The Coal India Ltd (CIL) stock touched a 52-week low of Rs259.50 on Tuesday on the National Stock Exchange. Investors are disappointed with the coal miner’s March quarter results, announced on Monday after market hours.
The company reported a consolidated Ebitda (earnings before interest, tax, depreciation and amortization) of Rs3,387 crore last quarter, which missed Street estimates by a big margin. Edelweiss Securities Ltd says CIL’s March quarter Ebitda came 32% below consensus due to grade slippage provision of about Rs800 crore and higher provisions pending wage negotiations. Ebitda declined 39% during the March quarter compared to a year ago.
What offers some comfort is that revenue growth (excluding excise duty) was healthy at 8% to Rs23,171.6 crore, slightly better than estimates. Sales volumes through e-auctions were strong, while volume sold through the fuel supply agreement (FSA) route fell 3% compared to the year-ago period. However, higher operating costs took a toll on core profit. The upshot: net profit declined 38% to Rs2,718 crore.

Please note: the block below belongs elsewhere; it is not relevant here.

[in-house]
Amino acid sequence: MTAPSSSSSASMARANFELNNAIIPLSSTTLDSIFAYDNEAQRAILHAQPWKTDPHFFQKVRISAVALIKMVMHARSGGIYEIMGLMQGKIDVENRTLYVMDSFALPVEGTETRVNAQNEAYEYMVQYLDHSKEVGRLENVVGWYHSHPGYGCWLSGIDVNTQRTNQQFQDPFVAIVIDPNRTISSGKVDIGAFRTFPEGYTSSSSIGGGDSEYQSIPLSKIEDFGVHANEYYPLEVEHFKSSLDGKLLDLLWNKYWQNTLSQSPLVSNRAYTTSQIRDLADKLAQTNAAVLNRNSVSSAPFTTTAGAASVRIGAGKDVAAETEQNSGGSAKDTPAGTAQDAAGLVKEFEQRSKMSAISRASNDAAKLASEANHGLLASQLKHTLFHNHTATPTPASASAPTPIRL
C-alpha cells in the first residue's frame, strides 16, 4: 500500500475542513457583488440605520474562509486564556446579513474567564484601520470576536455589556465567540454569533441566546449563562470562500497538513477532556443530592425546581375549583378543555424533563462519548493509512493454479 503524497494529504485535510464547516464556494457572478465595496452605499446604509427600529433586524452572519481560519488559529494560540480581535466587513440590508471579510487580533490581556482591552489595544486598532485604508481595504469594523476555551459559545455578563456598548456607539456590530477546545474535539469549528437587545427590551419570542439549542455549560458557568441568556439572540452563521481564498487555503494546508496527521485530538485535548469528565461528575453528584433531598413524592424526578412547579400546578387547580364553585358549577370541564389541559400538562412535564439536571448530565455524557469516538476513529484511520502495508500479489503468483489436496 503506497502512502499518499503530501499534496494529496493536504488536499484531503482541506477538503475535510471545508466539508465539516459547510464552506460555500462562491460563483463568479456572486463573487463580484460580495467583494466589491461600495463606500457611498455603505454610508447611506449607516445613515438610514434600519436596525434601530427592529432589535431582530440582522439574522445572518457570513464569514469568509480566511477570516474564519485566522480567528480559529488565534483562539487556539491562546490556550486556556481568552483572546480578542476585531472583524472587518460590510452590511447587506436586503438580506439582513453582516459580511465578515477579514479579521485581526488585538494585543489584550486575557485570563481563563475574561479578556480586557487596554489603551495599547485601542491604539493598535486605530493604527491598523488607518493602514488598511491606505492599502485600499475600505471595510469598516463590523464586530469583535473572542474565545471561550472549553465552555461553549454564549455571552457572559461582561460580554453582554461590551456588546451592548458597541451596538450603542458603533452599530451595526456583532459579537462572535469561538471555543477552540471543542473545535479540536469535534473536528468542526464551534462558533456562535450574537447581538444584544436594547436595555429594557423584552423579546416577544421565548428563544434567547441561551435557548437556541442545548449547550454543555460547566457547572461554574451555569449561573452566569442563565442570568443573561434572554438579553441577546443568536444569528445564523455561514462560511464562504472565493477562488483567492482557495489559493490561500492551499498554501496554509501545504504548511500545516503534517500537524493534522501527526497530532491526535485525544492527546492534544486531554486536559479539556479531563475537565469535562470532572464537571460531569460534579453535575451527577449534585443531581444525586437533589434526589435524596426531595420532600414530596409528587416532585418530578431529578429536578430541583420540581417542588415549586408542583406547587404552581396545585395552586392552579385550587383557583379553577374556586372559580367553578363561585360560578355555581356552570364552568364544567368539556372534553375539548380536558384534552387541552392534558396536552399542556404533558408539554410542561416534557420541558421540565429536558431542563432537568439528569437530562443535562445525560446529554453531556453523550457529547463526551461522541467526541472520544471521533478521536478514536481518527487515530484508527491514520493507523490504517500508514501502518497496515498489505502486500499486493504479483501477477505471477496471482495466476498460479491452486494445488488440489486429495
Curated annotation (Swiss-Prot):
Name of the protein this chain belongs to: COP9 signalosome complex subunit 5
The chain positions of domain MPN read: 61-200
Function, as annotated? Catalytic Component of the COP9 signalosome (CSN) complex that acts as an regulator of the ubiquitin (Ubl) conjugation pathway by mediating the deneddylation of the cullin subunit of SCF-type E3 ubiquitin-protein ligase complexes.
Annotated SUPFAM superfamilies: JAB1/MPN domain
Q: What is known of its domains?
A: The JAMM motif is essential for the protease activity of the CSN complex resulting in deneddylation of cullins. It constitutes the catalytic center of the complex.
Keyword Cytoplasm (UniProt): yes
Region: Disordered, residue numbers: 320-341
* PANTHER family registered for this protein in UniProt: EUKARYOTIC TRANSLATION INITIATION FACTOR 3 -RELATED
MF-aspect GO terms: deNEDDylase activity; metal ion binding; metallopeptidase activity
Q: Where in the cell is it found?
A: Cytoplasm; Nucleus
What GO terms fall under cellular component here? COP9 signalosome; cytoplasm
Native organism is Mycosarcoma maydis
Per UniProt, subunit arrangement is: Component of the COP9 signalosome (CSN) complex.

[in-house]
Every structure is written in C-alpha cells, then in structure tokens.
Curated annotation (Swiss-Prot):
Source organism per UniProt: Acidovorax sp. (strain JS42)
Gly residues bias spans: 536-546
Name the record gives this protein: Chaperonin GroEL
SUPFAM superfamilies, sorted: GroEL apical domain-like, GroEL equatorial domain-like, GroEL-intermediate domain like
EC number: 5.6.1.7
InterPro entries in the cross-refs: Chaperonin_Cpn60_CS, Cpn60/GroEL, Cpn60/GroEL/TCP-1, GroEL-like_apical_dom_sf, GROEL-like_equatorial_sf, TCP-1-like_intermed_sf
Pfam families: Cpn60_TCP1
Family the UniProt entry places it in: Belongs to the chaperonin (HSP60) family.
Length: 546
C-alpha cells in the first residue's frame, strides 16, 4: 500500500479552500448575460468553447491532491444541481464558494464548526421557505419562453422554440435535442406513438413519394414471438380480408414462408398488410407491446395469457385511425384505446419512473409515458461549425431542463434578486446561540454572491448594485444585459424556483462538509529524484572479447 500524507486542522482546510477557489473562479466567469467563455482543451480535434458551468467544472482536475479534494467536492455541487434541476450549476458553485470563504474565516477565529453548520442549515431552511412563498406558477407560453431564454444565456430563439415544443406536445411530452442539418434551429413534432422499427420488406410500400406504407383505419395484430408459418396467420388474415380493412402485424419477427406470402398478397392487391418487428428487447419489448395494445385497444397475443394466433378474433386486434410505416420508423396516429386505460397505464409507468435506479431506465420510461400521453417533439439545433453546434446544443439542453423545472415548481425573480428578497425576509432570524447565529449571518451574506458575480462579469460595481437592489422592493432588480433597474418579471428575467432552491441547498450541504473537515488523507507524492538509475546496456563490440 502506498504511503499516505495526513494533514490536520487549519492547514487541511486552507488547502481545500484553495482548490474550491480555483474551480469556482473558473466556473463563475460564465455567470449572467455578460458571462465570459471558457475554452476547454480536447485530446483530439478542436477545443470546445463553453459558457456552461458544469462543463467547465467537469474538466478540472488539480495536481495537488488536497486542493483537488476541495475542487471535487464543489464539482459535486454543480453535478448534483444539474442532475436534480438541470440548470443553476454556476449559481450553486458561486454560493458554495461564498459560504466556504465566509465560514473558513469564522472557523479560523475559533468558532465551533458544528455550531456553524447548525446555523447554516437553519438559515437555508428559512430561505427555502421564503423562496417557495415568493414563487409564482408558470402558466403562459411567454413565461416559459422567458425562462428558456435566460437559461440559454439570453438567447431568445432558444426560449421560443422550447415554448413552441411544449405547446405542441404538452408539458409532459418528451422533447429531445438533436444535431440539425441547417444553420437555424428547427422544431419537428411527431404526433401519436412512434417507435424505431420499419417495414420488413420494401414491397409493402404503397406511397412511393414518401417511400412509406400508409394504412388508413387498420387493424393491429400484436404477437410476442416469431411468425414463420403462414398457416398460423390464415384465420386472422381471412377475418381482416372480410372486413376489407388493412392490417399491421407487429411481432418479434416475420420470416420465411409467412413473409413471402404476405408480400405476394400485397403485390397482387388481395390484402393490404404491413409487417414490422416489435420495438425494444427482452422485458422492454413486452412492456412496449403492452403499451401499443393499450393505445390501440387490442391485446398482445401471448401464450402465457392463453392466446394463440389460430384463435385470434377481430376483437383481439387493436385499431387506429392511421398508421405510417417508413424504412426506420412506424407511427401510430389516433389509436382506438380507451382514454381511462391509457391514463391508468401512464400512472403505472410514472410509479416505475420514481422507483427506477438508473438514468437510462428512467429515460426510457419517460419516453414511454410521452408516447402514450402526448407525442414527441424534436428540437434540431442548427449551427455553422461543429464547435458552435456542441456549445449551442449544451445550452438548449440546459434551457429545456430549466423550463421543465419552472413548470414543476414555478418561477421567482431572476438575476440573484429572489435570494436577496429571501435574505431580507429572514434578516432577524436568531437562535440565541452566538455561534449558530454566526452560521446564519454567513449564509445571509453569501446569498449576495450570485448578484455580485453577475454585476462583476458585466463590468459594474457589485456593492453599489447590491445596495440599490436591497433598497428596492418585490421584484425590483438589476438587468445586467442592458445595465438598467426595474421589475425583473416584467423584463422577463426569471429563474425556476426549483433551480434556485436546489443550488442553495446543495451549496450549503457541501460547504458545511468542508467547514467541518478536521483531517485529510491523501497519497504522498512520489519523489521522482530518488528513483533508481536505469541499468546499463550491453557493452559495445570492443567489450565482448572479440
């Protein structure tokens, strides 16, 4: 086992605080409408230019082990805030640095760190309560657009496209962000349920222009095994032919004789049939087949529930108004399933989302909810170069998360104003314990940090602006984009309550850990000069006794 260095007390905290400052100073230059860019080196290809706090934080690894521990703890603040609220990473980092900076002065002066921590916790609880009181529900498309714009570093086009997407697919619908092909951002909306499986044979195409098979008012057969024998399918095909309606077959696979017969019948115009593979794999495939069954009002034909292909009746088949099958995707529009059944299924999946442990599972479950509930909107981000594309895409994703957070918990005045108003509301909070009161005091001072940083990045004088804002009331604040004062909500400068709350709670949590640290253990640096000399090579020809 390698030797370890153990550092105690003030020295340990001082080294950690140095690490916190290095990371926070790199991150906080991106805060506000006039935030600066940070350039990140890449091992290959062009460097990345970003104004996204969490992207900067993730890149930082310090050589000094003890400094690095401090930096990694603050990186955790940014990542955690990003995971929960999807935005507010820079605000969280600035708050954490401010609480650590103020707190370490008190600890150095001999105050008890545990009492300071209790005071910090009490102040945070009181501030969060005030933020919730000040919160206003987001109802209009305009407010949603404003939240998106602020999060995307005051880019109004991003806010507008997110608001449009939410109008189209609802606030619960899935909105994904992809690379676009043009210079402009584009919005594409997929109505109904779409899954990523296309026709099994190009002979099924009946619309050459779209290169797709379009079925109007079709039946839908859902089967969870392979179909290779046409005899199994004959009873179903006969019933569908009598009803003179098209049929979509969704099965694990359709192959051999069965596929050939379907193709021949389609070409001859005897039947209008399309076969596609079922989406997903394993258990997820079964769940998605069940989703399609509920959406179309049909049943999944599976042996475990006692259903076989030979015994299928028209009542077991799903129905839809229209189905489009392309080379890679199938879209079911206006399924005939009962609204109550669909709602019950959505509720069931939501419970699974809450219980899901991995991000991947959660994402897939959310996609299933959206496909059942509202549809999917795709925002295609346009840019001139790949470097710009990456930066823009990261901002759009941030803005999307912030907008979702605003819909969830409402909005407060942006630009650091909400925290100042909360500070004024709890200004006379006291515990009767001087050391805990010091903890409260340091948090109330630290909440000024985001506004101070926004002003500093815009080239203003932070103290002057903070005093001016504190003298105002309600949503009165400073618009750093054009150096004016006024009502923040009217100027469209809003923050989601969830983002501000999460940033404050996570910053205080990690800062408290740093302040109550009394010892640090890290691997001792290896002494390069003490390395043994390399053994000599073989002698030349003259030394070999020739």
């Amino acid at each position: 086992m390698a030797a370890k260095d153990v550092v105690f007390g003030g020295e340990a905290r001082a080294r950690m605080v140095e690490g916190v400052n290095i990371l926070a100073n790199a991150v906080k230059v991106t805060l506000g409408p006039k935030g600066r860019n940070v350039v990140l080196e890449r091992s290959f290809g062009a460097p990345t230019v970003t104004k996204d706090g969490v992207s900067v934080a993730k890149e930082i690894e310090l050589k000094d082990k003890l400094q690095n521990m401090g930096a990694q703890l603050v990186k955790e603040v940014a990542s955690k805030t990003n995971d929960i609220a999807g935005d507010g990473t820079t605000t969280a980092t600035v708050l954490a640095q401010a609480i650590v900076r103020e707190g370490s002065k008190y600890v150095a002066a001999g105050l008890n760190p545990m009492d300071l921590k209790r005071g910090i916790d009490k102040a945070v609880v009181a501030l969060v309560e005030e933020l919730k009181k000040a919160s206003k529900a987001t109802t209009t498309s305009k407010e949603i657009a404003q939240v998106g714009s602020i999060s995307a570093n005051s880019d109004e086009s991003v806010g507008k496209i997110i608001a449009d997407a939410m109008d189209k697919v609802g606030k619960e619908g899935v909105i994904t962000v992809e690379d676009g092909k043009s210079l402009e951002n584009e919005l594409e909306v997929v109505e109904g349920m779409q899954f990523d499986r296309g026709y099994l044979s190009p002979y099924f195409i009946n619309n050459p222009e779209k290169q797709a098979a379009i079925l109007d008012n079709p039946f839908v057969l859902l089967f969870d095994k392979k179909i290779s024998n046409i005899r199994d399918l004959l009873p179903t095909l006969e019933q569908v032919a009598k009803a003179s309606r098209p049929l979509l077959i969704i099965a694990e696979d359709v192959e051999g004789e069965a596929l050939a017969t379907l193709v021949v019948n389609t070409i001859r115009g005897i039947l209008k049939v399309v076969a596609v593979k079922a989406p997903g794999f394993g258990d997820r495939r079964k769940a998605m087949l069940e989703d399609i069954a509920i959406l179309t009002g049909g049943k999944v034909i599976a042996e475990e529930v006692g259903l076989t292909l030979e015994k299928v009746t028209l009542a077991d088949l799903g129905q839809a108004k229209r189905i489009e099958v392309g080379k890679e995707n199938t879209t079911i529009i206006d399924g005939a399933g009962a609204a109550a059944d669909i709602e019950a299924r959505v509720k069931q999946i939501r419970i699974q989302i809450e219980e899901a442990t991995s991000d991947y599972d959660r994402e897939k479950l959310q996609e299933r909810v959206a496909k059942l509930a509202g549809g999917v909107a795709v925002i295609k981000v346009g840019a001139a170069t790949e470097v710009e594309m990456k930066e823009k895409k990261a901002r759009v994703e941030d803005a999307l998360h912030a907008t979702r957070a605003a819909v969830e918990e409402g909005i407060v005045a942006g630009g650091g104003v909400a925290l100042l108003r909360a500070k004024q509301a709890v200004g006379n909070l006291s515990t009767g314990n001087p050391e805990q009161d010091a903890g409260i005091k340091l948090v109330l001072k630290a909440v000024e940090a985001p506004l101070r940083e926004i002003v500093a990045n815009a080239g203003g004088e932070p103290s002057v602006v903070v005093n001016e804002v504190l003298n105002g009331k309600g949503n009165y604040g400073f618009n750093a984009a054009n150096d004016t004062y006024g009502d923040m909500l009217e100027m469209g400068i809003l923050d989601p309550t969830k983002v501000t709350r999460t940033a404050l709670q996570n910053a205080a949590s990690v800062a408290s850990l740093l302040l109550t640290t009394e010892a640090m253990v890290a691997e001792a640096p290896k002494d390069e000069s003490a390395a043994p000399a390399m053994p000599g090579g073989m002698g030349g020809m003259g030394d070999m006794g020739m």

CIL’s offtake or sales volume growth in fiscal year 2017 (FY17) was just 1.6% more than the previous year. How volume shapes up in the current fiscal year will be critical for investors. Much depends on how demand from the power sector shapes up.
Currently, one CIL share trades at 12.6 times estimated earnings for FY18. So far in 2017, the CIL stock has fallen about 12.5%. Of course, the company also paid a hefty dividend of Rs19.90 a share this March. Including the dividend, the stock shows about 6% decline till now this calendar year. Analysts say the downside for the stock is limited, while the dividend yield seems attractive enough.
However, earnings growth may not be spectacular this year. Bhaskar Basu of Jefferies India Pvt. Ltd said in a note to clients on 30 May, “While offtake should improve in FY18, we expect earnings outlook to be unexciting as a) full impact of coal grade reset could dent FSA realization in FY18 and b) wage provision may rise further as negotiations progress.” Recently, CIL’s coal grades from its mines were re-evaluated, resulting in a downward revision of some mines based on the quality of coal. Investors would do well to follow its impact on realizations.
In short, there don’t seem to be any triggers for meaningful stock appreciation in the near future. Of course, any price hikes, if at all they happen, will be helpful.